Depression in African American Men
Prevalence of depression among African American men ranges from 5% to 10%, as they face a number of risk factors, such as anxiety, social injustice, homelessness and unemployment. Yet evidence shows lack of access and low use of mental health services.
Consequently, depression among African American men should be at the forefront of our research, practice, and outreach agendas.
Depression is a mood disorder often accompanied my sadness, discouragement, guilt and above all hopelessness. Science and data are beginning to link mental health decline to COVID-19 pandemic response measures and racism.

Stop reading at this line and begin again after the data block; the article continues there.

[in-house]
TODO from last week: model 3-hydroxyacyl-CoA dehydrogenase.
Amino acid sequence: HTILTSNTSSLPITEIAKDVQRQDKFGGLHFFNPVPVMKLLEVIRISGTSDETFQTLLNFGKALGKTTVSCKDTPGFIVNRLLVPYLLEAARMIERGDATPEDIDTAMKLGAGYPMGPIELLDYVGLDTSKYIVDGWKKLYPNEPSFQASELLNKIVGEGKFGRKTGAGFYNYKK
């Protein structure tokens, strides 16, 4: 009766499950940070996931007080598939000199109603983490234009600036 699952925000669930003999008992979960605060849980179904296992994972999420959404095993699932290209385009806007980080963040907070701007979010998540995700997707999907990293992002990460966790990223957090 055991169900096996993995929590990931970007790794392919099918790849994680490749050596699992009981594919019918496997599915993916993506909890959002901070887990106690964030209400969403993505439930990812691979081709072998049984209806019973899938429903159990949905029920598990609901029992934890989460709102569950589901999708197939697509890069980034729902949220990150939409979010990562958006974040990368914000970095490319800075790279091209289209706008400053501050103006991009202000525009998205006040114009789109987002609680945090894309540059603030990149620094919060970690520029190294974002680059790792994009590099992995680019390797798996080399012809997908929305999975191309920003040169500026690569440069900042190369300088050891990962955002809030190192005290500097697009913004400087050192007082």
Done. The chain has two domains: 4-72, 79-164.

We have clearly seen the link of COVID-19 response in the African American communities in regards to vaccine hesitancy, and as the pandemic enters it's second year, the gap in health disparities are palpable. In addition, as structural racism continues to exploit our underserved communities and cost of the lives of African American men explodes and it is taking a toll on their mental health.
If you know anyone who may be exhibiting signs of depression and is seeking help. Please contact Substance Abuse and Mental Health Services Administration. SAMHSA's National Helpline 1-800-662-4357. It is a free, confidential, 24/7, 365-day-a-year treatment referral and information service (in English and Spanish) for individuals and families facing mental and/or substance use disorders.